“Mark’s work is always rooted in the specific needs and conditions of the communities he partners with. This conviction is as central to him as the use of paper is to his practice as an abstract painter,” said BMA Director Christopher Bedford. “I know the deeply personal exhibition he created for the U.S. Pavilion in Venice will resonate with many who live in or visit Baltimore. We are honored to share these two vital and inextricable sides of Mark—the artist and the community-builder—with the city.”

The Los Angeles-based artist, a leading figure in contemporary art, is best known for his abstract paintings and collage-based works that recapture mid-century American art’s capacity to conjure the sublime and evoke deep feeling, while incorporating layers of social and personal commentary. Bradford is deeply engaged with social issues as co-founder of Los Angeles-based nonprofit Art + Practice, which encourages cultural education by supporting the needs of foster youth living predominantly in South Los Angeles, and providing access to free, museum-curated art exhibitions and moderated art lectures to the community of Leimert Park. The artist’s equivalent commitments to formal intervention and social activism anchor his contribution to culture at large and embody his belief in the power of art to affect positive change.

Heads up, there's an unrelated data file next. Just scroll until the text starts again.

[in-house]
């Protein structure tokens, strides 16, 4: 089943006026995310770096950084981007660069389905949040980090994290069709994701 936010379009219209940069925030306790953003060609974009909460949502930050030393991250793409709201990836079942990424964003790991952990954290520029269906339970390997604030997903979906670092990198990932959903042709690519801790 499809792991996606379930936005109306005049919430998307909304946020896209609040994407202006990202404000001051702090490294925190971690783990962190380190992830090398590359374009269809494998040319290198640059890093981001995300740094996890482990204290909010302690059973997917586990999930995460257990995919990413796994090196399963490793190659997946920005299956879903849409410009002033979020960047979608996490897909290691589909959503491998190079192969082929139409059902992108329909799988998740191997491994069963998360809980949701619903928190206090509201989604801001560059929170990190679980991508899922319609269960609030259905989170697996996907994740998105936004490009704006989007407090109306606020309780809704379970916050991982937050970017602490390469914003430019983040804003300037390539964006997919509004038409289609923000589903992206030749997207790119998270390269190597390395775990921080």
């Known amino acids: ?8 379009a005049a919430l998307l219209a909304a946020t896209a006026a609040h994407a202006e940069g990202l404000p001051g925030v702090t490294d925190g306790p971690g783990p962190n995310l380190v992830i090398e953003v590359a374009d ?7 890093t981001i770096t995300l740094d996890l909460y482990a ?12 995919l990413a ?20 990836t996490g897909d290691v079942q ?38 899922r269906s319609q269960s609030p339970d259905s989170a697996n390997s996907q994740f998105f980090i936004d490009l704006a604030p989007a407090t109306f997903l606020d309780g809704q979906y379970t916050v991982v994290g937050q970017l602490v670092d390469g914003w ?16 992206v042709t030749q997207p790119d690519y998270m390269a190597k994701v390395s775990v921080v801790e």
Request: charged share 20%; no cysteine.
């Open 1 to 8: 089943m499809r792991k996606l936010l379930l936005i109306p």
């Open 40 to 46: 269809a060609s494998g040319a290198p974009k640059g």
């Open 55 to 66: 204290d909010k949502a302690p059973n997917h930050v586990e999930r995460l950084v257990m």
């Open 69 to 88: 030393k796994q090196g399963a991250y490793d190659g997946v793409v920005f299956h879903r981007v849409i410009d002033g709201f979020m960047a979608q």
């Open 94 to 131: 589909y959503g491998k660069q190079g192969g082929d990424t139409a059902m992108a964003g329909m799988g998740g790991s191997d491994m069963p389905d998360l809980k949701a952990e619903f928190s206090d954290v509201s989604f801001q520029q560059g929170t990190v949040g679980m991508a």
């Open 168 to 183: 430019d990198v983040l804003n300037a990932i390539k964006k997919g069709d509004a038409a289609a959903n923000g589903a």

“Tomorrow Is Another Day addresses the difficulties experienced by so many others who are trying to create foundations for themselves and find their footing,” said Bradford. “The exhibition is not just about me, but about all of those who feel like they’re on the periphery. My collaboration with Greenmount West Community Center is a part of this process, creating sustainable platforms for people who don’t have these opportunities.”